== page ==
1. Pay careful attention to how training is delivered, but don’t jump to “the new” without checking your audience first. Recently I delivered a workshop on generational differences for an organization with 300 employees. They were in one room for their annual all-staff conference that day. The technology we used was the oldest in the book: face-to-face. I heard later that they loved it! Why? I like to think that I did a good job. But reason number one probably was that they were interested in the topic, and second, that they were so frantic serving clients that they rarely got to see or spend time with each other. That day, through an interactive workshop, they saw and heard from colleagues they hadn’t even had a chance to meet yet. In this case they highly valued face-to-face learning. In other organizations, a different day, a group of managers might be so busy they would have wanted the content delivered in e-learning or through a video. Listen and observe what channels work best.


    1. Help individuals make connections. This is the essence of adult learning. Remember how strong the desire of adults is to learn when it connects with our prior experiences. So much dialogue today is about self-directed or employee-directed learning, and in reality the employee is at the heart of much of the learning we design. By and large, our training and development work in corporate environments is intended to benefit the individual in the room by connecting him or her to what they already knew. Sometimes we are providing frameworks of understanding that allow prior knowledge to be better understood. Other times we are building an existing base of knowledge to make it deeper, broader, or richer.


    1. Always tie to organizational impact. We spoke earlier about impact. And for good reason. Purpose is powerful. Be ready to measure for results using the Kirkpatrick scale, and report impact authentically, as it is reported to you. A client of mine recently let me know that in evaluations for their training program for front line supervisors, both the training participants themselves and their bosses say they notice positive changes in their supervisory style after taking the class. This is a wonderful example of impact. When you can show impact, be sure you make it known to others. Sharing these early “wins” will help others to see and applaud the organizational impact for your learning initiatives.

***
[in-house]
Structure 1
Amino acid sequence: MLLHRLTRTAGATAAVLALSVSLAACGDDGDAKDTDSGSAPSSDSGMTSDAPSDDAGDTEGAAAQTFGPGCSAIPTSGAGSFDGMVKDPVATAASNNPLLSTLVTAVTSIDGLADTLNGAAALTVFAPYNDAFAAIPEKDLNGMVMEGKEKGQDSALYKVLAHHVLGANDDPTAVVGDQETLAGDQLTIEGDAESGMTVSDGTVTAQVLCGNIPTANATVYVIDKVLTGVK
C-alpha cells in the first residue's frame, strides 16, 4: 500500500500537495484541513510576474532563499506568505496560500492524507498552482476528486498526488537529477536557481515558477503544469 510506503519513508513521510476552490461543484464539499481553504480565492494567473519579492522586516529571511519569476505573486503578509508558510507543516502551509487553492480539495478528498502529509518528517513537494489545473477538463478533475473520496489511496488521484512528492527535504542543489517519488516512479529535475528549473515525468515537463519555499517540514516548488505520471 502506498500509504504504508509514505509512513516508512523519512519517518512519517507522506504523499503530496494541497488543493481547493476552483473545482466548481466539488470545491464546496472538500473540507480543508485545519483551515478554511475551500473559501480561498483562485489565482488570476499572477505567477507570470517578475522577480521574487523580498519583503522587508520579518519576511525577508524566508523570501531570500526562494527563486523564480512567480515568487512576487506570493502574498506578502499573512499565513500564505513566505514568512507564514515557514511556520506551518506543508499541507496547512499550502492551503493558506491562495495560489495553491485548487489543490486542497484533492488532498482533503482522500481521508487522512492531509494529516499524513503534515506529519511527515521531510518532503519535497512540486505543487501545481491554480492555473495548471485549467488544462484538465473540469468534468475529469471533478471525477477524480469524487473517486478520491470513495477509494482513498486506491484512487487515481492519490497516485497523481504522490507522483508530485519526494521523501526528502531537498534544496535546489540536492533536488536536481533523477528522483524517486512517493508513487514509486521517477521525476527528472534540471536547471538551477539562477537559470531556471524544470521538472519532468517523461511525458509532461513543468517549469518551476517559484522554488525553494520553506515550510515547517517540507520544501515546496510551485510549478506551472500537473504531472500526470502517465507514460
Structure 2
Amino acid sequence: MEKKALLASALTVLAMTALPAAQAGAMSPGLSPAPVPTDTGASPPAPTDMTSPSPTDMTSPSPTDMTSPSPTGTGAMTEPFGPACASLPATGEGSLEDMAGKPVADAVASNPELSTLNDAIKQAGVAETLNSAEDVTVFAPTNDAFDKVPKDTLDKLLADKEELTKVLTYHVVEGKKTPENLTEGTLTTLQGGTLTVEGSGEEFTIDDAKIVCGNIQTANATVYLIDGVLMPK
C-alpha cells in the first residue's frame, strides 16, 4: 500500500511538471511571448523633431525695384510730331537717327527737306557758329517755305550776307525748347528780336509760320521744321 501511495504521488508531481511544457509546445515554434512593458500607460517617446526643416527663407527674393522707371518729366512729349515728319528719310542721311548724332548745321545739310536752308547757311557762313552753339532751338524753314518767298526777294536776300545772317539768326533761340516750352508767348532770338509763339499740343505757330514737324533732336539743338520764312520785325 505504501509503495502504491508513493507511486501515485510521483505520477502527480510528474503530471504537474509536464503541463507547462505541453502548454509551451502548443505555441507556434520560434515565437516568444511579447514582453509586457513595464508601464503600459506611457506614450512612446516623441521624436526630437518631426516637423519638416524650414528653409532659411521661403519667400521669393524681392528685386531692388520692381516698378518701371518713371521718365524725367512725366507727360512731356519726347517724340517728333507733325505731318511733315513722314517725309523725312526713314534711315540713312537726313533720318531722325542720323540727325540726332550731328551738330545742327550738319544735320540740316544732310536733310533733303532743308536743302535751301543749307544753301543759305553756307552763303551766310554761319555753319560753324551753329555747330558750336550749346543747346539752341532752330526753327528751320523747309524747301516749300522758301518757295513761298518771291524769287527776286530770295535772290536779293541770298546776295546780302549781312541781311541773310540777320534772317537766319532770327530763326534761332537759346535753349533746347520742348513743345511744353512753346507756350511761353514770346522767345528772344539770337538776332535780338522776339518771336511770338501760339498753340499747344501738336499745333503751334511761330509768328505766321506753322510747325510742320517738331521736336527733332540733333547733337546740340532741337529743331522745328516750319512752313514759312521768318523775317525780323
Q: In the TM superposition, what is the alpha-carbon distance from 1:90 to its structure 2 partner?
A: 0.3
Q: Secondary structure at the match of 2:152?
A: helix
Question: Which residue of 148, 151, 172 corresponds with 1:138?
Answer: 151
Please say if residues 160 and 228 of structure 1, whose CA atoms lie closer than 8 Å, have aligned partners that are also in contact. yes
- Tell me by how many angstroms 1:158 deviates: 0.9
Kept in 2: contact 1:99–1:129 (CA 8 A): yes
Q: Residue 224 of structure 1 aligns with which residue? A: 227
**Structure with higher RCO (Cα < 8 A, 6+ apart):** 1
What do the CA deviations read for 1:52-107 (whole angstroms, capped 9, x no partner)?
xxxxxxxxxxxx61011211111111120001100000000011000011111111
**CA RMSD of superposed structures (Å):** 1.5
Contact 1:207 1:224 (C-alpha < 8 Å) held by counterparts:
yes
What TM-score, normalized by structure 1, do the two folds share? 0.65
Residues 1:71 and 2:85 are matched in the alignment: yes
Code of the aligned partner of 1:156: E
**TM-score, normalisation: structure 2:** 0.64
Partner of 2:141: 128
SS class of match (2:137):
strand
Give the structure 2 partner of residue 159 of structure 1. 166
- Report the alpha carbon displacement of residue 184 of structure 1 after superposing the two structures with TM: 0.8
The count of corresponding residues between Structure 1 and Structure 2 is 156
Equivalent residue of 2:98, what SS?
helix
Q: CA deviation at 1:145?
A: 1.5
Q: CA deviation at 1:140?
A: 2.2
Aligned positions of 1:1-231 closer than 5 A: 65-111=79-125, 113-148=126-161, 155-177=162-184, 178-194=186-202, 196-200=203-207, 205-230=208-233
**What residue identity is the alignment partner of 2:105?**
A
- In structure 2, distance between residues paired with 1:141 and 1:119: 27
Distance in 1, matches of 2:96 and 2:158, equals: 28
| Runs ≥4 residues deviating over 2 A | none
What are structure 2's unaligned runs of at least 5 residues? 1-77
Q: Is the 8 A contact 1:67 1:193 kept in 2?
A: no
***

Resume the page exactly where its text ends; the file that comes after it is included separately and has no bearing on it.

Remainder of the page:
1. Remember to connect to your own passion, and keep yourself energized. Be prepared to tell stories that demonstrate the power of learning for the organization and its people. Stories are sticky – they attach to our memories and to emotions. It’s also vitally important that you constantly re-energize your champion and yourself. Find opportunities along the way to “feed” your champion with new information, new contacts, and new opportunities to learn. Seek out opportunities for yourself so that you can continually be refreshed with new perspectives.

And Share the Wealth

As your organization becomes ignited around learning, remember the value of communicating about what you are engaged in. You may choose internal media, or professional journals, or other external media – even YouTube — to spotlight your story. Keep in mind that what you are developing is a valuable case study about how organizations build capacity through learning.

About the Author

Sue Plaster holds a master’s degree in education from the University of Minnesota, with a focus in leadership development. She advises individuals in job search, career transition and onboarding, and consults with organizations on diversity, succession planning and leadership development. Sue’s corporate career includes communications and human resources roles with the Fairview Health System, Honeywell Inc. and Boston Scientific. You can connect with Sue through Writing Assistance, Inc. at www.writingassist.com or sales@writingassist.com